Words of Wisdom

How do you make your book a best seller?

    A question for the ages and one we have asked many successful authors. The answer we consistently heard was write a good book and the readers will come. But with so much competition for their attention, how do you get your book noticed in the first place? Having a B.R.A.G.Medallion is a great first step. It lets readers know your work is worth their time. Here are just a few other great ways that can help build momentum and get readers interested: • Find your audience in creative ways by aligning with local businesses. Is your book about travel? Take it to your local travel agent and ask them to display it. Did you write a romance novel? Ask a lingerie store to exhibit your book in their window. Did you write about beauty or baking? You know where to go. Use your imagination and the possibilities are endless! If John Grisham sold books out of the back of his car at fairs, you can certainly find a creative way to build your audience also. • Book clubs are a fantastic way to spread the word and get noticed. Ask if you can come to a club and…

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I’m so BORED!

  Bored- feeling impatient or dissatisfied, because you are not interested in something or because you have nothing to do. If you want to say you are extremely bored, you can say you are bored stiff/rigid/silly or bored to tears/to death Oh, I'm so bored! What parent hasn't heard her child say "I'm so bored!"? I have a solution – hand your child a book. When I was a child, my mother answered that statement by telling us that being bored only meant your mind had nowhere to go. So, send your brain on an adventure. Once we learned about all the wonderful places we could go, we were never without a book. We all know how busy parents are today - the interesting thing is that giving your child a book doesn't really take so much time! Wouldn't it be wonderful if the only time your child gives you that "Look" is when you tell him or her to shut their book? Kids aren't the only victims of boredom. How many people do you hear lamenting how they couldn't find anything to watch on TV last night? How many of us watch things we don't even have an interest…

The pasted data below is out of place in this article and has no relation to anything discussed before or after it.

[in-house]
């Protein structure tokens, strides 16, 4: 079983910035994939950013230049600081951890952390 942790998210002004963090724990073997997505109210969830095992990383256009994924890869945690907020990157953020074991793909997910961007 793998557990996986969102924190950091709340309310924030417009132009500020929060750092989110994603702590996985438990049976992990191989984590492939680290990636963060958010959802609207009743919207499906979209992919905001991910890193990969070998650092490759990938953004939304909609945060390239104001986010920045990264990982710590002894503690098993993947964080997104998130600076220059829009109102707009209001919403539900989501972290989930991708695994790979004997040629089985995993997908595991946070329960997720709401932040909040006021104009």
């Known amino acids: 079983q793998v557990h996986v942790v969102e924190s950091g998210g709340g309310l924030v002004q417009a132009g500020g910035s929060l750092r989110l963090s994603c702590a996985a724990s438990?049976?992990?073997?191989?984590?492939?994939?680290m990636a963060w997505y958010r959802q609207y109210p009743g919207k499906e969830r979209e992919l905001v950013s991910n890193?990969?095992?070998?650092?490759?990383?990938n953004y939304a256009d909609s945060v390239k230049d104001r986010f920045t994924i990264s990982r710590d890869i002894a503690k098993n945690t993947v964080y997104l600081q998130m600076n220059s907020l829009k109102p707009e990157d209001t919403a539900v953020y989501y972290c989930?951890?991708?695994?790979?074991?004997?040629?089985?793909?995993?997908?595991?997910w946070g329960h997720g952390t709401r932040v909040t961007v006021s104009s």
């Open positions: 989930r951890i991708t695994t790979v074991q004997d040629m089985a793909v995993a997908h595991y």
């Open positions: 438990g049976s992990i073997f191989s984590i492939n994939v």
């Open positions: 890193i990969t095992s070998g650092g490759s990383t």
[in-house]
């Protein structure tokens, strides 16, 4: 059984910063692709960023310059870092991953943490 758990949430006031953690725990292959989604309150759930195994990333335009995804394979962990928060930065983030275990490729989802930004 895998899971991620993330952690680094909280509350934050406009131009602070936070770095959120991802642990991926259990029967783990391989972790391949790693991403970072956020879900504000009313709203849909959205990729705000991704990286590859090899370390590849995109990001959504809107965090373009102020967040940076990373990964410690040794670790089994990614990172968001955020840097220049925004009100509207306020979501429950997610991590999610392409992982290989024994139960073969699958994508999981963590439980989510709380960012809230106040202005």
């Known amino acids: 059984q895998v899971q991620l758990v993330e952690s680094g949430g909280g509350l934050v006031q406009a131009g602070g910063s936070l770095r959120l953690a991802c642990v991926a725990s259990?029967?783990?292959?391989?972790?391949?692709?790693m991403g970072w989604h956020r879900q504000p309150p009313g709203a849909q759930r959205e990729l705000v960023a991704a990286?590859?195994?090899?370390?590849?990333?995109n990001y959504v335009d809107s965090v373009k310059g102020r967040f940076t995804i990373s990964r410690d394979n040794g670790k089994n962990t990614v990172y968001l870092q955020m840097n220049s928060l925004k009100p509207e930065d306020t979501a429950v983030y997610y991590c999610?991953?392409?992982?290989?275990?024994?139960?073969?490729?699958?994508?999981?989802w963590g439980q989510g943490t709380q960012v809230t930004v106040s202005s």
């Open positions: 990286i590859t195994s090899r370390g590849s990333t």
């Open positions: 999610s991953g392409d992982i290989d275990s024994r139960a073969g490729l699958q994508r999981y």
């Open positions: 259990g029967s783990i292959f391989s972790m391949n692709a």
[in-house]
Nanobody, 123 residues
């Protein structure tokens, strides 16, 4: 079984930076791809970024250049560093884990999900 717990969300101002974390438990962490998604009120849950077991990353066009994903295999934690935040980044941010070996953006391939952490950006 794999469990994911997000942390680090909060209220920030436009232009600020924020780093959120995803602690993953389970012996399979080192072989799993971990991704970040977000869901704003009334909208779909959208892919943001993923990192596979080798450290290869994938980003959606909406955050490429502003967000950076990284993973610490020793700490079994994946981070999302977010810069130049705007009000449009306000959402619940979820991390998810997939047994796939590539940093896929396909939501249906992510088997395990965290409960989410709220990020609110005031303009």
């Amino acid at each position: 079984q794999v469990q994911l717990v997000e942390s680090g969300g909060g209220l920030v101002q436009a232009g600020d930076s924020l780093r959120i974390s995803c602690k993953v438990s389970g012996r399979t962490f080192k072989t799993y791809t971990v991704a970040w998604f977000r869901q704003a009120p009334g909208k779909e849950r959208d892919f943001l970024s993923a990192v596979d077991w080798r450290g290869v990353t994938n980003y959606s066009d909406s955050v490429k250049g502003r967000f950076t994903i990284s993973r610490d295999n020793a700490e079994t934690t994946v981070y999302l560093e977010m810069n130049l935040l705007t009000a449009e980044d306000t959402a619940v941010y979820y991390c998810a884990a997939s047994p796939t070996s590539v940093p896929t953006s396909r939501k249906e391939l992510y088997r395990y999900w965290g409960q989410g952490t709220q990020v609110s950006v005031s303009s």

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Beta Readers- What are they!

A beta reader is a non-professional reader who reads a written work, generally fiction, with the intent of looking over the material to find and improve elements such as grammar and spelling, as well as suggestions to improve the story, its characters, or its setting. Beta reading is typically done before the story is released for public consumption. Beta readers are not explicitly proofreaders or editors, but can serve in that context. Elements highlighted by beta readers encompass things such as plot holes, problems with continuity, characterisation or believability; in fiction and non-fiction, the beta might also assist the author with fact-checking. Wikipedia ALL writers need outside critique of their work. It is a fact that a writer can seldom edit and proofread his own work. A writer often falls in love with his or her words and plots and is unable to let them go. Beta readers differ from Critique groups in that they usually read on their own and evaluate a book according to their individual experience. Unlike using an editor, those who choose to use Beta readers, usually find them due to their interest in a specific genre and they usually use more than one. One of…

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Is Reciprocal Reviewing OK?